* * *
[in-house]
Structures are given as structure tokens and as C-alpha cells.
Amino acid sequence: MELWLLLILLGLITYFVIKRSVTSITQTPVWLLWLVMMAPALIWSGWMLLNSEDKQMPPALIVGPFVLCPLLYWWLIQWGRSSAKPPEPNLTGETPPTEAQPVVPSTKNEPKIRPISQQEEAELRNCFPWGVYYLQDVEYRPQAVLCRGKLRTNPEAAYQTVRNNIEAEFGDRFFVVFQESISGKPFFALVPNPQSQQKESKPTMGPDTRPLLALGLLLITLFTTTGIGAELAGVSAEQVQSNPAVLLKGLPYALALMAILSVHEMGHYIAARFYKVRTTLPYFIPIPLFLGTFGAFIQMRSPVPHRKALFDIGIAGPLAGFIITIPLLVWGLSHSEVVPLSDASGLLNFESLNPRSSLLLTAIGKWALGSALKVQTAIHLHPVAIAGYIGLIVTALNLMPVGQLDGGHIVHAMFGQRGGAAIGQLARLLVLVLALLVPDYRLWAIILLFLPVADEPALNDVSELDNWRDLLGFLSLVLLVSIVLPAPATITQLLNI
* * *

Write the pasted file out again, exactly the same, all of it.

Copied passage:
[in-house]
Structures are given as structure tokens and as C-alpha cells.
Amino acid sequence: MELWLLLILLGLITYFVIKRSVTSITQTPVWLLWLVMMAPALIWSGWMLLNSEDKQMPPALIVGPFVLCPLLYWWLIQWGRSSAKPPEPNLTGETPPTEAQPVVPSTKNEPKIRPISQQEEAELRNCFPWGVYYLQDVEYRPQAVLCRGKLRTNPEAAYQTVRNNIEAEFGDRFFVVFQESISGKPFFALVPNPQSQQKESKPTMGPDTRPLLALGLLLITLFTTTGIGAELAGVSAEQVQSNPAVLLKGLPYALALMAILSVHEMGHYIAARFYKVRTTLPYFIPIPLFLGTFGAFIQMRSPVPHRKALFDIGIAGPLAGFIITIPLLVWGLSHSEVVPLSDASGLLNFESLNPRSSLLLTAIGKWALGSALKVQTAIHLHPVAIAGYIGLIVTALNLMPVGQLDGGHIVHAMFGQRGGAAIGQLARLLVLVLALLVPDYRLWAIILLFLPVADEPALNDVSELDNWRDLLGFLSLVLLVSIVLPAPATITQLLNI